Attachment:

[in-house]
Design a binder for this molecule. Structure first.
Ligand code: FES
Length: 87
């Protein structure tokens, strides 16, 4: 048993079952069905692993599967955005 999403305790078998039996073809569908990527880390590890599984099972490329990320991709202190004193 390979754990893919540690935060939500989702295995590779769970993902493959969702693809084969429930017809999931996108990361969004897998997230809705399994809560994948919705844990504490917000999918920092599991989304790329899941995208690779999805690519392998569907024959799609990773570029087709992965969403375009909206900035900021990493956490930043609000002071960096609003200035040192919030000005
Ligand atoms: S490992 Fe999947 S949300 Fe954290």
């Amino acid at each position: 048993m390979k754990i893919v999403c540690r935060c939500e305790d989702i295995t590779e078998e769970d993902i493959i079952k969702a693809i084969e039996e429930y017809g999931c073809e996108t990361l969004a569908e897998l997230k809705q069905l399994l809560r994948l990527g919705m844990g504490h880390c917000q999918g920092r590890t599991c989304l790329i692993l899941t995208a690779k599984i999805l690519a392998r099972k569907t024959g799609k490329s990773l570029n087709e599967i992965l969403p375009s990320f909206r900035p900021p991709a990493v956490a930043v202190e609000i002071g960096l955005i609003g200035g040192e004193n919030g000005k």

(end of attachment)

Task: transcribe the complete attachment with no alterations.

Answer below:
[in-house]
Design a binder for this molecule. Structure first.
Ligand code: FES
Length: 87
């Protein structure tokens, strides 16, 4: 048993079952069905692993599967955005 999403305790078998039996073809569908990527880390590890599984099972490329990320991709202190004193 390979754990893919540690935060939500989702295995590779769970993902493959969702693809084969429930017809999931996108990361969004897998997230809705399994809560994948919705844990504490917000999918920092599991989304790329899941995208690779999805690519392998569907024959799609990773570029087709992965969403375009909206900035900021990493956490930043609000002071960096609003200035040192919030000005
Ligand atoms: S490992 Fe999947 S949300 Fe954290």
């Amino acid at each position: 048993m390979k754990i893919v999403c540690r935060c939500e305790d989702i295995t590779e078998e769970d993902i493959i079952k969702a693809i084969e039996e429930y017809g999931c073809e996108t990361l969004a569908e897998l997230k809705q069905l399994l809560r994948l990527g919705m844990g504490h880390c917000q999918g920092r590890t599991c989304l790329i692993l899941t995208a690779k599984i999805l690519a392998r099972k569907t024959g799609k490329s990773l570029n087709e599967i992965l969403p375009s990320f909206r900035p900021p991709a990493v956490a930043v202190e609000i002071g960096l955005i609003g200035g040192e004193n919030g000005k």